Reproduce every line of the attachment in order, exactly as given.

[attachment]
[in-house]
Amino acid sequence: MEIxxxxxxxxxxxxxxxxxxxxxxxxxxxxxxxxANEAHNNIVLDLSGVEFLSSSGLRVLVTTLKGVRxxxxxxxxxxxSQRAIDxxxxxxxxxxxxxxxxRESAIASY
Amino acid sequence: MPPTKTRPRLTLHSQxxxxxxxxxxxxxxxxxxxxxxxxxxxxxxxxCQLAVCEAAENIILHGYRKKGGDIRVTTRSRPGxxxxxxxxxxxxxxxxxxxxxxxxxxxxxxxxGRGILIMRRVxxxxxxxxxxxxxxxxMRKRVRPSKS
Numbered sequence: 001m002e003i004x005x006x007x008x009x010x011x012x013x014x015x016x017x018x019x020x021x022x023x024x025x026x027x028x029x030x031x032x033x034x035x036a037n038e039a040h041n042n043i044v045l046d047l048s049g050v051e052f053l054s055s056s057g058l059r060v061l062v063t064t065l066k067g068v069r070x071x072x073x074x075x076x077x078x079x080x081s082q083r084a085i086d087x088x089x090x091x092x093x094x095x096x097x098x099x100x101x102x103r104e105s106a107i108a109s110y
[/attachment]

[in-house]
Amino acid sequence: MEIxxxxxxxxxxxxxxxxxxxxxxxxxxxxxxxxANEAHNNIVLDLSGVEFLSSSGLRVLVTTLKGVRxxxxxxxxxxxSQRAIDxxxxxxxxxxxxxxxxRESAIASY
Amino acid sequence: MPPTKTRPRLTLHSQxxxxxxxxxxxxxxxxxxxxxxxxxxxxxxxxCQLAVCEAAENIILHGYRKKGGDIRVTTRSRPGxxxxxxxxxxxxxxxxxxxxxxxxxxxxxxxxGRGILIMRRVxxxxxxxxxxxxxxxxMRKRVRPSKS
Numbered sequence: 001m002e003i004x005x006x007x008x009x010x011x012x013x014x015x016x017x018x019x020x021x022x023x024x025x026x027x028x029x030x031x032x033x034x035x036a037n038e039a040h041n042n043i044v045l046d047l048s049g050v051e052f053l054s055s056s057g058l059r060v061l062v063t064t065l066k067g068v069r070x071x072x073x074x075x076x077x078x079x080x081s082q083r084a085i086d087x088x089x090x091x092x093x094x095x096x097x098x099x100x101x102x103r104e105s106a107i108a109s110y